This week, we’re presenting our Vulture TV Awards, honoring the best in television from the past year. Vulture contributor Julie Klausner kicked things off with an epic opening monologue, and now we’re straight-up dishing out the virtual hardware. Amy Schumer already has her Vulture. Up next: Best Male Comedy Performer, as selected by Vulture television critic Matt Zoller Seitz.
The nominees are:
H. Jon Benjamin, Archer and Bob’s Burgers
Andre Braugher, Brooklyn Nine-Nine
Adam Driver, Girls
Danny Pudi, Community
And the winner is…
- Best Comedy Performer, Female — Amy Schumer
- Best Comedy Performer, Male — Jon Benjamin
- Best Teen Show — The Fosters
- Best Child Actor — Maisie Williams
- Best Couple — The Americans’ Philip and Elizabeth
- Best Drama Performer, Male — Matthew Rhys
- Best Drama Performer, Female — Julianna Margulies
- Best Directed Scene — True Detective’s “Who Goes There” montage
- Best Episode — Hannibal season 2 finale
- Best TV Villain — Walter White
- Best Death — Click to find out [warning: spoilers]
- Best Network — FX
- Best Late-Night Moment — Colbert Report
- Best Dressed Characters — Scandal and others
- Best Dialogue — Sherlock
- Best Comedy Sketch — Inside Amy Schumer
- Best Plot Twist — House of Cards [warning: spoilers]
WINNER: H. Jon Benjamin, Bob’s Burgers and Archer
H. Jon Benjamin is one of the MVPs of TV cartoons, with a voice that is not merely recognizable but seems to capture something essential about the American man. This would be astonishing in just one series, but Benjamin stars in two: Fox’s Bob’s Burgers and FX’s spy spoof Archer. Benjamin, a longtime stand-up comic who drifted profitably into voice work years ago, is not a Mel Blanc–style chameleonic talent; while he’s a versatile actor, his two best-known performances have pretty much the same rhythm and timbre. And yet somehow they strike very different notes.
Bob Belcher is the nearly hapless schlemiel, the soft-bellied dad who blusters and fails but is redeemed by his sweetness and his love for his wife and kids, who form one of the few completely functional (if eccentric) families on TV. He’s a lovable loser in the grand old sitcom tradition, and he’s never more endearing than when he’s halfheartedly puffing up and trying to dominate somebody else; you can tell his heart’s not really in it, and his resolve is so weak that sometimes he can’t even get through a demand. You can practically hear the energy draining out of Bob’s voice when he realizes he has no chance of getting what he wants; it sounds as if somebody had pulled the plug on his masculinity and you got to hear the machine gradually shutting down. He’s never more alive than when he’s terrified or injured and screaming in pain. Misery makes him electric. Benjamin has the best male scream since Dan Castellaneta’s Homer Simpson. On my personal bucket list: hearing both actors perform scenes in which their characters are horribly wounded.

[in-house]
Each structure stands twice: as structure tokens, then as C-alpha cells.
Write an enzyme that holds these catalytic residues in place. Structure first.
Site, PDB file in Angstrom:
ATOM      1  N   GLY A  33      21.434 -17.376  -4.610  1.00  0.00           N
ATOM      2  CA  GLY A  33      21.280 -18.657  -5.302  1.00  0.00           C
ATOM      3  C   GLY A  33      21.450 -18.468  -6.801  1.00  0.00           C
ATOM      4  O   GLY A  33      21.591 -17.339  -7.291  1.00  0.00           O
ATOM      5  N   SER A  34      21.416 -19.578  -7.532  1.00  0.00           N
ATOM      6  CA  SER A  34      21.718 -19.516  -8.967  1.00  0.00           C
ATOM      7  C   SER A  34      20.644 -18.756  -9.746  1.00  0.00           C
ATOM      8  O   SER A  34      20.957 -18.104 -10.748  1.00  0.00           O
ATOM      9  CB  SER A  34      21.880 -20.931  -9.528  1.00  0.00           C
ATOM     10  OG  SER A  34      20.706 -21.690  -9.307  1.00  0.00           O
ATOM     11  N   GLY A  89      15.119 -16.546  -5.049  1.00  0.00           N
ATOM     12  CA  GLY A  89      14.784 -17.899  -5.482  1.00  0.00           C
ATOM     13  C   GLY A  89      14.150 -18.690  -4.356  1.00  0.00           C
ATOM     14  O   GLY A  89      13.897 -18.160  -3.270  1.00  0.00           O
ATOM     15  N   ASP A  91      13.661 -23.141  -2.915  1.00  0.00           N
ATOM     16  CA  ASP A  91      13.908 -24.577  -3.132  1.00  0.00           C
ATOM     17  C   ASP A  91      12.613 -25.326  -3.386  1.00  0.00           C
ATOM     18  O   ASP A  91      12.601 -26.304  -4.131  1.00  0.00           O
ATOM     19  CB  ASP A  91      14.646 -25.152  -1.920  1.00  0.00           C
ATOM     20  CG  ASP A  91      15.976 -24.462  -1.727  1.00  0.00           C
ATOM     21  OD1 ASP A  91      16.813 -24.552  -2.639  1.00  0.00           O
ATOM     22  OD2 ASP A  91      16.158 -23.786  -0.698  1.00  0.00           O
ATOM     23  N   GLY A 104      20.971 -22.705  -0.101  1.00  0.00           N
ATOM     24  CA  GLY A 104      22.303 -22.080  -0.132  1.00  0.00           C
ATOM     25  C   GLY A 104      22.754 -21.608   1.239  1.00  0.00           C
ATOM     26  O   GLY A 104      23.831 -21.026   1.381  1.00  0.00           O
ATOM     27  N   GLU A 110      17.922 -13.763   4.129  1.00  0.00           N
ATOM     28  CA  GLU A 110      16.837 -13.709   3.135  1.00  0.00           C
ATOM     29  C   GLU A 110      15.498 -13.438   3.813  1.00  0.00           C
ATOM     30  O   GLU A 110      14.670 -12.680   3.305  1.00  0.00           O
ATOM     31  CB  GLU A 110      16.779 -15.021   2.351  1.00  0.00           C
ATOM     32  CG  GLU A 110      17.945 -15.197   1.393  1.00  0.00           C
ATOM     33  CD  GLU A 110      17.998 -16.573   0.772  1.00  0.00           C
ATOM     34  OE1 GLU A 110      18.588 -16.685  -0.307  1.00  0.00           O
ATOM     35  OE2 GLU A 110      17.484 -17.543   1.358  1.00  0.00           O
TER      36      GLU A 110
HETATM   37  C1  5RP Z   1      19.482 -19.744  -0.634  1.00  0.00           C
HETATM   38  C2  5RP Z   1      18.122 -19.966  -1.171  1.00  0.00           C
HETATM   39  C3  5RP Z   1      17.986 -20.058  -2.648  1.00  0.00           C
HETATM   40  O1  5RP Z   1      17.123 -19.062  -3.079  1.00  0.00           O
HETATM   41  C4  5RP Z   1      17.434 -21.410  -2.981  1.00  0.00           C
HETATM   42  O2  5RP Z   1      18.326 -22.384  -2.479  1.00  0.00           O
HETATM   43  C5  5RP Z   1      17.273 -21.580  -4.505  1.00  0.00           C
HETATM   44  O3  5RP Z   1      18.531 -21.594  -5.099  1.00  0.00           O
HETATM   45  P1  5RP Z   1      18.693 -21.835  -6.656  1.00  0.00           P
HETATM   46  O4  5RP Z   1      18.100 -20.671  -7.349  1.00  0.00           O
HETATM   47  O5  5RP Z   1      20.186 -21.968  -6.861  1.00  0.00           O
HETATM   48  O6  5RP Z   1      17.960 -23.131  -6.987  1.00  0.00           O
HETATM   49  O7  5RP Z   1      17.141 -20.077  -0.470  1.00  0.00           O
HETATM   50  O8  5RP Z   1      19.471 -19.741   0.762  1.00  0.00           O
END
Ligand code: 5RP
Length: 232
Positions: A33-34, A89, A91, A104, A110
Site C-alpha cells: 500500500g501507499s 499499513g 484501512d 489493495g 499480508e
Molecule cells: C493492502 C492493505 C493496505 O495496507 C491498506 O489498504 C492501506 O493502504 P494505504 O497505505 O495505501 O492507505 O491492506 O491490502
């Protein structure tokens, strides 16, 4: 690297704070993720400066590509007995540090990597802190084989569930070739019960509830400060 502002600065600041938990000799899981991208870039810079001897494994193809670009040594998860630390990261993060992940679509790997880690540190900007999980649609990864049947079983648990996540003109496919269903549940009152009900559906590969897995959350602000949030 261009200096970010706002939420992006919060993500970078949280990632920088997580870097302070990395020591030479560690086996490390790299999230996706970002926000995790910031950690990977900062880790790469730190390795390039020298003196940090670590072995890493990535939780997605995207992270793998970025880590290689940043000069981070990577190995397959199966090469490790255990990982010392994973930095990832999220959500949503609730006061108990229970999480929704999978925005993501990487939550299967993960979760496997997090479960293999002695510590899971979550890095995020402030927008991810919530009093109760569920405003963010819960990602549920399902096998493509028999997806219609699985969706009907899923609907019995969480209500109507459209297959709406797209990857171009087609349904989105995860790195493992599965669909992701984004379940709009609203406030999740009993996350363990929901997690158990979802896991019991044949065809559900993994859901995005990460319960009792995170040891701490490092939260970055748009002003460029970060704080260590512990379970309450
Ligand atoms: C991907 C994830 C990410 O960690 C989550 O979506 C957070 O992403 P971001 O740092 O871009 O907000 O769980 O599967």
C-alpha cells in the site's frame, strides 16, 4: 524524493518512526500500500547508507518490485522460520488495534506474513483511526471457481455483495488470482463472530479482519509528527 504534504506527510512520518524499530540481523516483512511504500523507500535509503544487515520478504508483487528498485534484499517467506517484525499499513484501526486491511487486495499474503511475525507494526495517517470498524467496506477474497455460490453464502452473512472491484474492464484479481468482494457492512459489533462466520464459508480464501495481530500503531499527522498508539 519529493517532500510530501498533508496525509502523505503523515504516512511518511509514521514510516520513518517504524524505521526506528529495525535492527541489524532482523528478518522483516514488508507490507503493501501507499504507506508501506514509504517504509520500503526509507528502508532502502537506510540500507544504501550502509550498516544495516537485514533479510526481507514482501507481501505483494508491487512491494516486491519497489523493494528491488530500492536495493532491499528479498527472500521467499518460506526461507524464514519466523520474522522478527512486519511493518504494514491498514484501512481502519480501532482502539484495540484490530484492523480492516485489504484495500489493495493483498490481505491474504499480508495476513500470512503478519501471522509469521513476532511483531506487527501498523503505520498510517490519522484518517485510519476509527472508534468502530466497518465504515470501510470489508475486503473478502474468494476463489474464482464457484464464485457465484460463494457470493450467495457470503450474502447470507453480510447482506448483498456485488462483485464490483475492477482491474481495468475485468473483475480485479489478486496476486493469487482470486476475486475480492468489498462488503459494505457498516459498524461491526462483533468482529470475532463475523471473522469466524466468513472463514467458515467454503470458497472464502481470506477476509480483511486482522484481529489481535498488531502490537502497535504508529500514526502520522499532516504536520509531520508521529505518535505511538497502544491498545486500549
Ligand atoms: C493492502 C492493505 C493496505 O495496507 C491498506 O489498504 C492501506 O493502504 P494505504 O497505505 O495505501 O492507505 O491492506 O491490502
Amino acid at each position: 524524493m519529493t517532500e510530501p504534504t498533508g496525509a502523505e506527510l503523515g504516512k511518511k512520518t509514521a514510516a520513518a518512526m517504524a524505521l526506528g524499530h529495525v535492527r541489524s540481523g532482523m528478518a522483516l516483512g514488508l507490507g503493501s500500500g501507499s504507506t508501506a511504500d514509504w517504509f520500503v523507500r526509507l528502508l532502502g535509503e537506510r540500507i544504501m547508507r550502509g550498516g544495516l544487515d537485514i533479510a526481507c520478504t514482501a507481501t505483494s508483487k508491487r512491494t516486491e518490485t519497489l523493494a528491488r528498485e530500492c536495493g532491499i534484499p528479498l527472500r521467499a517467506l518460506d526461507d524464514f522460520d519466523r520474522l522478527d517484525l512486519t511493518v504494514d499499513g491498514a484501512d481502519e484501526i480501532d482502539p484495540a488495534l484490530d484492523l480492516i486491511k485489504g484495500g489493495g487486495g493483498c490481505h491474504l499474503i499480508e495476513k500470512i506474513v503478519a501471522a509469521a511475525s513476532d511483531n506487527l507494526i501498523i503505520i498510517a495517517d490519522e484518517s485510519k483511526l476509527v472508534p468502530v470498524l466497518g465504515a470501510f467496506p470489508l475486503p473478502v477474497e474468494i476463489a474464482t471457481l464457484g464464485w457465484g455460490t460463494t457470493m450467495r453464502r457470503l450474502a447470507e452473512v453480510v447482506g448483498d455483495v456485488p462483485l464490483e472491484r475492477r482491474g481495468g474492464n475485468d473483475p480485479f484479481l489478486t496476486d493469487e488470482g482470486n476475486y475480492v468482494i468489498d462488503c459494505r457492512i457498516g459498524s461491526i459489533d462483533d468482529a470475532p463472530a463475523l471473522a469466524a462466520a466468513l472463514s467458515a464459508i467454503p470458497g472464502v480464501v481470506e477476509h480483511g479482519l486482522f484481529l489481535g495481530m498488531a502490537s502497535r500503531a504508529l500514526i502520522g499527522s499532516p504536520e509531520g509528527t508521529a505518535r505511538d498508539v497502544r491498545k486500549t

Sterling Archer, in contrast, might be the fictional character that Bob fantasizes about being. He’s the id to Bob’s superego, a natural-born-killing-and-screwing machine, a narcissistic stud. His oblivious brutality would be unconscionable if the show weren’t populated by a rogues’ gallery of comic sociopaths whose very existence is a grimly hilarious reminder of how not to be. Archer’s voice is redolent of the frat house; he’s the guy who’d paddle some poor pledge half to death and then go to jail for it because he ordered his girlfriend to record it for posterity and she got pissed at him and uploaded it to YouTube. He is male entitlement personified, James Bond reconfigured as a Judd Apatow dude-bro. (“Hi, I’m Sterling Archer. You may remember me from the strip club, and hopefully from what was hands down the best sex I’ve personally ever had.”) That he is a psychological prisoner of his mother makes his hypermasculinity explicable and hilarious. Benjamin’s existentially weary voice shows us that even Archer is bored by Archer, and must keep pushing himself to new extremes of outrageous excess to feel anything. (“Woohoohoohoo! Two personal records! For breath-holding and number of sharks shot in the frickin’ face!”) Benjamin seems to be defining both Bob Belcher and Sterling Archer from somewhere deep inside of himself, rather than leaning on virtuoso voice tricks. He’s the vocal version of one of those lovable Everyman movie stars who can really, truly act: the Tom Hanks of animation.